A t the beginning of this series back in February, I stated that operators who are not planning to sell their business must now plan for growth if they intend to stay in business. I posed a set of questions designed to gauge the operator’s level of enthusiasm, financial depth, investment in technology, investment in training and personnel, and the presence of a formal marketing strategy.
I noted that any operator who did not answer these questions in the affirmative should consider selling their business in light of the unrelenting challenges facing operators in today’s business climate. Larger companies have always had cost advantages, but now the gap has grown to such immense proportions that some small independent companies are simply unable to compete and may be facing extinction.
Due to the burgeoning increased cost of product, fuel and other costs of operations and resulting thinner margins, critical-mass has become essential. The number of accounts and size of market share needed to allow any vending business to be profitable has increased substantially.
GROWTH MUST BE ONGOING
I am convinced that the only way an operator can hope to sustain a reasonable level of profitability is to work relentlessly towards increasing top line revenue; cost cutting alone won’t work any more.
There are a number of obvious advantages to higher volume; size does matter. The higher the volume, the greater the purchasing power, which can lower buying costs and improve profit margins. Larger operations also provide more career advancement opportunities to existing staff, which serves to boost morale and improve employee retention.
Let’s consider the ways to grow.
OPTION 1: ACQUISITION
Those steadfast operators who are committed to the long pull should consider acquisition of other vending businesses as a viable growth strategy. One major advantage of growth by acquisition is that it is expedient and predictable. Properly executed, acquisition of other companies is also the most cost efficient path to growth in most geographic markets.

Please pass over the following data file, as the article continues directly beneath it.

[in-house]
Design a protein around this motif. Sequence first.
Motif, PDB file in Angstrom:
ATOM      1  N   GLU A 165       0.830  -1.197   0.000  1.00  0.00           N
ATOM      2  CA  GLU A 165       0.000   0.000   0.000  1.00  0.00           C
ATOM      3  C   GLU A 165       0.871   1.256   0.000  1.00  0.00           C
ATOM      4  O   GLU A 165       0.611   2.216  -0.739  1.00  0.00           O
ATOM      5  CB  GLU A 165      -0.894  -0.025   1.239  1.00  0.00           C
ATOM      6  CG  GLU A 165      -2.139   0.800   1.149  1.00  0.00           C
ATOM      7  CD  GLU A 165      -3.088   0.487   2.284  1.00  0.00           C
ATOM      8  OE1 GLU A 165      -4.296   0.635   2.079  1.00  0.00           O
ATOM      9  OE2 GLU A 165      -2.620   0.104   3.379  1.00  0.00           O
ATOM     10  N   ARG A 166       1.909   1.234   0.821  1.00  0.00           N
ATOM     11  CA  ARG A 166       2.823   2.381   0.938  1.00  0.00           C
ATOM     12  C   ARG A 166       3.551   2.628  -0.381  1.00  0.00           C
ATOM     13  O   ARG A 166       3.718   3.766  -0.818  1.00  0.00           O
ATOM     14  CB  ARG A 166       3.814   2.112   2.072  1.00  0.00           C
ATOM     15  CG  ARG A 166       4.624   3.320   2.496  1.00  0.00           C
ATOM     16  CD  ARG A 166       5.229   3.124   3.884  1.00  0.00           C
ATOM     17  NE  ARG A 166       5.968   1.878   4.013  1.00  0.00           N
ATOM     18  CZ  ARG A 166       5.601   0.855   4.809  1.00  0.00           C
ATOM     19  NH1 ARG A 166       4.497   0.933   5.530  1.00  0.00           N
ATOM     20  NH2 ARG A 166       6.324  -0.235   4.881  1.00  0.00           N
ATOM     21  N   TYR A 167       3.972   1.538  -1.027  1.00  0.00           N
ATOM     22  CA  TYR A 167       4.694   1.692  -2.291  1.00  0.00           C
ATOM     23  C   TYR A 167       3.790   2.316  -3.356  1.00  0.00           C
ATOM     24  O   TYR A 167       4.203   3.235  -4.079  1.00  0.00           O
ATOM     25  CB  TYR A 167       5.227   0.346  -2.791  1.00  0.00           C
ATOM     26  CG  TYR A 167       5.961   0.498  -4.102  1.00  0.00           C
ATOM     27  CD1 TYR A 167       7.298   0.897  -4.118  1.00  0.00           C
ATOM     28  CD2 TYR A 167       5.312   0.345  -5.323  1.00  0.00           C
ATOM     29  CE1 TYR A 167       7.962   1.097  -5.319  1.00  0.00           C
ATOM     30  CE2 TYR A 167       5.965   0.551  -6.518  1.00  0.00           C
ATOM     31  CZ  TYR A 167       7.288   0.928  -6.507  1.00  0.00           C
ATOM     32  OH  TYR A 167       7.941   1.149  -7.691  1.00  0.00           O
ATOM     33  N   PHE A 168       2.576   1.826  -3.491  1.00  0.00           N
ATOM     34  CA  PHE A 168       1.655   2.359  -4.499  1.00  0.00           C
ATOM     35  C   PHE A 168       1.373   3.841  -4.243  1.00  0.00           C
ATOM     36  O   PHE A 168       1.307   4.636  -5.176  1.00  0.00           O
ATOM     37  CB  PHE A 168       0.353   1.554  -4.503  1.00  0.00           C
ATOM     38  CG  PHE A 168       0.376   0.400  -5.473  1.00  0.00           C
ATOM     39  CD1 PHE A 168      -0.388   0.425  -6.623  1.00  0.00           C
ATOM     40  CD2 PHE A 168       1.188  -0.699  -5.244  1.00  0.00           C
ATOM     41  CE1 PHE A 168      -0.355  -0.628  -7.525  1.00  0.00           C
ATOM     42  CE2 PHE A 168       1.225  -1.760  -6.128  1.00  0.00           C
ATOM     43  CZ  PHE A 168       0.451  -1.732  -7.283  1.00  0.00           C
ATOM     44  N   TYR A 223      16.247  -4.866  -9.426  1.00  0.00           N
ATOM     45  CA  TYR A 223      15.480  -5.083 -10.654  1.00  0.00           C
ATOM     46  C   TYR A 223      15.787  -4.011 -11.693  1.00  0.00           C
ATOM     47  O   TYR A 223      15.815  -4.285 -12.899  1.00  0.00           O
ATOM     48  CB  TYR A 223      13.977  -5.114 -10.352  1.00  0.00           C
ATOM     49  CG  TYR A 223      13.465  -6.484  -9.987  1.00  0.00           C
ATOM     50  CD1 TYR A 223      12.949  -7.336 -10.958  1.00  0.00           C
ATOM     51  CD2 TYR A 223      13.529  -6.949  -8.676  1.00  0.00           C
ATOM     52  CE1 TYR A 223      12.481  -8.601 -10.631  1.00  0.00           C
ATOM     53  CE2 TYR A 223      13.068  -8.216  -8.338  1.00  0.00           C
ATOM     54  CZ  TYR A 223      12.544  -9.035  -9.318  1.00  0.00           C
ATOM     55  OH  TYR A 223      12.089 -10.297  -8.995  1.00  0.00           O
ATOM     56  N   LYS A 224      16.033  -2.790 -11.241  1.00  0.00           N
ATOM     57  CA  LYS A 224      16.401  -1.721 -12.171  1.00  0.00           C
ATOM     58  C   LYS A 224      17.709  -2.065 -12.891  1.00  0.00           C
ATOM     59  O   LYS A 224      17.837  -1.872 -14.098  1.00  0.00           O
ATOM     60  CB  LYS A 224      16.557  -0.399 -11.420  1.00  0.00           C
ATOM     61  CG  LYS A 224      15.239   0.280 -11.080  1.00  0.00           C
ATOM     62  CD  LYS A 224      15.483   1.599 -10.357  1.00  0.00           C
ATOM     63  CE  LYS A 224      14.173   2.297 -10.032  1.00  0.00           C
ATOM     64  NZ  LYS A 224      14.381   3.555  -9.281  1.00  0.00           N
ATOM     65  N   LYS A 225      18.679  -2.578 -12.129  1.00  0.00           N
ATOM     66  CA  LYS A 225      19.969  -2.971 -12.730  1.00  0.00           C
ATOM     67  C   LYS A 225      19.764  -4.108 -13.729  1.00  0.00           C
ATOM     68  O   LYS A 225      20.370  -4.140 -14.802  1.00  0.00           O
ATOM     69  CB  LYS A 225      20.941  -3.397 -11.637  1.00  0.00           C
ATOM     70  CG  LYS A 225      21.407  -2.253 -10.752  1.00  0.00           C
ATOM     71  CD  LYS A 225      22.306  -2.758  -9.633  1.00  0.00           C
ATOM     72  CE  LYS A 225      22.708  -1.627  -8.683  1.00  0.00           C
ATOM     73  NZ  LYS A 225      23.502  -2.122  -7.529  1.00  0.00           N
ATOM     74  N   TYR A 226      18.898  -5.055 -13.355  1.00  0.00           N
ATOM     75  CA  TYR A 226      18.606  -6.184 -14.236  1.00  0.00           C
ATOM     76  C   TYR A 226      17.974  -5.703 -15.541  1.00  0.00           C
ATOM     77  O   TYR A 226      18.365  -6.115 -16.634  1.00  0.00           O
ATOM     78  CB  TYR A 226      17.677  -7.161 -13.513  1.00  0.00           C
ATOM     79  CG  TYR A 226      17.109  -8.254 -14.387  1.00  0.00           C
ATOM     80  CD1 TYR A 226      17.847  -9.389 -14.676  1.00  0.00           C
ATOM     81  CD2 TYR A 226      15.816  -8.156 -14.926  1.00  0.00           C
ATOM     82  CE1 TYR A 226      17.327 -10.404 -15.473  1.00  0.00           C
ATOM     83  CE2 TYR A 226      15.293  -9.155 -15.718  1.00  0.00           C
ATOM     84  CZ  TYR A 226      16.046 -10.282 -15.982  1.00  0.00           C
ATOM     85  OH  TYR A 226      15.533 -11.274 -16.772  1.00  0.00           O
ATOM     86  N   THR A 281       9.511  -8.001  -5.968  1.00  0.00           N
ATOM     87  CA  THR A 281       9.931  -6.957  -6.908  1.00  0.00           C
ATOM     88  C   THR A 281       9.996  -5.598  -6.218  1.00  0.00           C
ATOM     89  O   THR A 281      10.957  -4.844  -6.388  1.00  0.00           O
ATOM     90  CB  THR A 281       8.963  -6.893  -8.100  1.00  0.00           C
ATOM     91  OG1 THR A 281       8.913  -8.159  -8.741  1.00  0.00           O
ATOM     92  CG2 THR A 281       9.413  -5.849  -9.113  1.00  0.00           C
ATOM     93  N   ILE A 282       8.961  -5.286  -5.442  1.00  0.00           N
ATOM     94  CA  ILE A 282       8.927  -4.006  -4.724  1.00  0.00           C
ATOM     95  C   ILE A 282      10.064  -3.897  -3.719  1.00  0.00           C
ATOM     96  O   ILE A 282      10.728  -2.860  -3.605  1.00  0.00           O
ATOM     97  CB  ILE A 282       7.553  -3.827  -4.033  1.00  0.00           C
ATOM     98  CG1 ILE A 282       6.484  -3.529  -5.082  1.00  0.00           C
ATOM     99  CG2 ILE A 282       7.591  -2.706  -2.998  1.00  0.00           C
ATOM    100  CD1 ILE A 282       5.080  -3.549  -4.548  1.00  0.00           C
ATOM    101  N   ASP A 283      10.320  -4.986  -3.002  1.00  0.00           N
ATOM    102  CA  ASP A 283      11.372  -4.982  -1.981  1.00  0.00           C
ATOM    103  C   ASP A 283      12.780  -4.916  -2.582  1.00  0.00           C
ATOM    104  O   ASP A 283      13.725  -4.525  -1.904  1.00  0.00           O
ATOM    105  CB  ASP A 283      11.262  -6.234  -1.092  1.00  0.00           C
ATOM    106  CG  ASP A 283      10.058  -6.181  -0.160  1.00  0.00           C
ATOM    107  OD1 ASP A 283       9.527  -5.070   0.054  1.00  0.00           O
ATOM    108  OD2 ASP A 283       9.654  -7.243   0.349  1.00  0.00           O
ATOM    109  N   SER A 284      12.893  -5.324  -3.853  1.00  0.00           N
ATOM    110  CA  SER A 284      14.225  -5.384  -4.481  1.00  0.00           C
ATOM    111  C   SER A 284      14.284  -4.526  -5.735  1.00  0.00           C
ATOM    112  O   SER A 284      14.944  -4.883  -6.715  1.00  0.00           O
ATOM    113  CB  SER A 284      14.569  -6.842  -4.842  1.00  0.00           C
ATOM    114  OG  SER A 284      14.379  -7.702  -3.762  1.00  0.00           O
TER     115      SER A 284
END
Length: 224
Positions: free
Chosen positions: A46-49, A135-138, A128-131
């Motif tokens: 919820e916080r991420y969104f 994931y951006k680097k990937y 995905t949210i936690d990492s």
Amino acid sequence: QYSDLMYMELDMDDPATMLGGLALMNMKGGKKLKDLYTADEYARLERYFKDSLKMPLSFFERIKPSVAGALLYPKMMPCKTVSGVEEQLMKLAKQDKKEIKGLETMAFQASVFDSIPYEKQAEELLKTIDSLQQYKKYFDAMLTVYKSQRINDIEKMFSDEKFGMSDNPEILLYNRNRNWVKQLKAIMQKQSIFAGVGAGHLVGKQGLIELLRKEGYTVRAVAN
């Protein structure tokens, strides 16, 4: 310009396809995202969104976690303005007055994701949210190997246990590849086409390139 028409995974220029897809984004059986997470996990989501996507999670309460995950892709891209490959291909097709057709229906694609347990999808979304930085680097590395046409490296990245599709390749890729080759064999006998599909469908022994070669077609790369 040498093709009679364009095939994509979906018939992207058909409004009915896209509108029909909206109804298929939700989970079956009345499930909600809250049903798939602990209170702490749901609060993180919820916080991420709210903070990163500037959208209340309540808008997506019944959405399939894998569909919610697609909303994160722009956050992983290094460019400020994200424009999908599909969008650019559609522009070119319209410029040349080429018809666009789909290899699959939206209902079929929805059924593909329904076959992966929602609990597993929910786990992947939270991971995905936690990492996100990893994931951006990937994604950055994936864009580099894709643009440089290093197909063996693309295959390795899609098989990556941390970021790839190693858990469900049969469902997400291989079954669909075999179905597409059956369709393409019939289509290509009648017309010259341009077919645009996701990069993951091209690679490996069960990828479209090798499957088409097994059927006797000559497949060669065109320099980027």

Examine your historical new business growth rate through traditional selling. Perhaps your rate of annual revenue growth ranges from 2 percent to 10 percent per year (recently it may have even been flat or negative). Ask yourself: at this rate, how long it will take to add $500,000 or $1 million to your top line? How long can you wait to grow?
If additional routes are added through acquisition, it will be necessary to invest in some additional overhead, but not as much as a stand-alone operation would need to invest when adding routes. Ideally, as with any low margin business, a vending operation organizational chart should be as flat as possible.
GOAL: MORE SALES WITH LESS OVERHEAD
Each $400,000 in sales will normally require one route; however, if new stops can be added to existing routes, the top line can be expanded with minimal direct labor expense. For the vending business, the span-of-control ratio of workers that one manager is able to supervise effectively is commonly thought to be one manager per each eight routes. However, if managers are competent and route people are well trained, this can easil y be expanded to 12 routes per manager.
When growing through traditional methods, each new account installed will require capital investment for some new equipment and often an accompanying investment in aesthetics and area treatment. With the addition of new accounts through acquisition, this expense is satisfied through the purchase price and is generally more cost effective.
ACQUISITION PROSPECTS ABOUND, BUT...
It is not hard, in any market, to find operators interested in selling today. While this creates some benefits for potential buyers, there is an abundance of vending companies for sale that are not good candidates for acquisition; buyers must evaluate potential prospects carefully.
Qualifying an acquisition target requires careful due diligence. As noted in the February article, the main objective is to prove a sustainable profit; present and future. Everything else is secondary.